In Hartree-Fock / Kohn-Sham theory, the total energy of a system of electrons is the sum of single electron energies $\varepsilon_k$ plus some correction $C[\rho]$ depending on the electron density $\rho$, $$ E_\mathit{tot} = \sum_{k} \varepsilon_k + C[\rho], $$ see e.g. the formula at the bottom of this Wikipedia article.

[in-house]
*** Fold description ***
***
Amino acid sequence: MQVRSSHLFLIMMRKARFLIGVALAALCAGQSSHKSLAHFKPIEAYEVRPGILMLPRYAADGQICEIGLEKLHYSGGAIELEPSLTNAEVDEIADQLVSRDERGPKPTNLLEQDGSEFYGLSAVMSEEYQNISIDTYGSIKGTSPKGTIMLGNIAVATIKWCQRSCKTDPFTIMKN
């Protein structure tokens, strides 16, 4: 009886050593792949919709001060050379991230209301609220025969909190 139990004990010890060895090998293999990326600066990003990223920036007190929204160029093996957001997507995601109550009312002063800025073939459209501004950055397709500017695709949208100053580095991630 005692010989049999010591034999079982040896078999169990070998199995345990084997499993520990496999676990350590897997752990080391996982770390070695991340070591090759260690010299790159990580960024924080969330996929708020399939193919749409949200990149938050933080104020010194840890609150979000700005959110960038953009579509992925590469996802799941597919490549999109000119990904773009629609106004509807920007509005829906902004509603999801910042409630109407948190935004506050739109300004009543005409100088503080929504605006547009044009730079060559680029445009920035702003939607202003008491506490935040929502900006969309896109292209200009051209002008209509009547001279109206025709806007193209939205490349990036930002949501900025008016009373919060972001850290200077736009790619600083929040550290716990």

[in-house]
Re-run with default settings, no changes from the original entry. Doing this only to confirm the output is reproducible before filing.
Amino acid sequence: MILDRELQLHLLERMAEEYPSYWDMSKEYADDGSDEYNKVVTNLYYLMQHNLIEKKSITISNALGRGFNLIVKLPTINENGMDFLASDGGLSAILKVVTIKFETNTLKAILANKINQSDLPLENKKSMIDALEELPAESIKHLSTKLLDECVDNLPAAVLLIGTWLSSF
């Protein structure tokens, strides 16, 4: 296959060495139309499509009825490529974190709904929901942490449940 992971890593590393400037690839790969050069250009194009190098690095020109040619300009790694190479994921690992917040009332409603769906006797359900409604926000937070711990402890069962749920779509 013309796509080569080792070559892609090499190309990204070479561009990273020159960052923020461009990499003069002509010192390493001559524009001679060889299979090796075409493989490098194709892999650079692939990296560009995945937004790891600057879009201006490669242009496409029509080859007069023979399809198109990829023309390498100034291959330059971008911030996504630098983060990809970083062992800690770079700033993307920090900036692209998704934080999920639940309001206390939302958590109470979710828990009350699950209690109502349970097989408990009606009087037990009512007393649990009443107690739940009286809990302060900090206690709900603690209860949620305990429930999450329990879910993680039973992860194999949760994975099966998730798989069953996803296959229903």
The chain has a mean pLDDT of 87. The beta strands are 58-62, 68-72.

However, it seems in applications the correction $C[\rho]$ is often ignored, see e.g. formula (15) in Stefan Goedecker's Linear scaling electronic structure methods. What is the justification for this?

My guesses are:

  • The correction is small and can hence be ignored.
  • We are mostly interested in energy differences where the correction cancels out.

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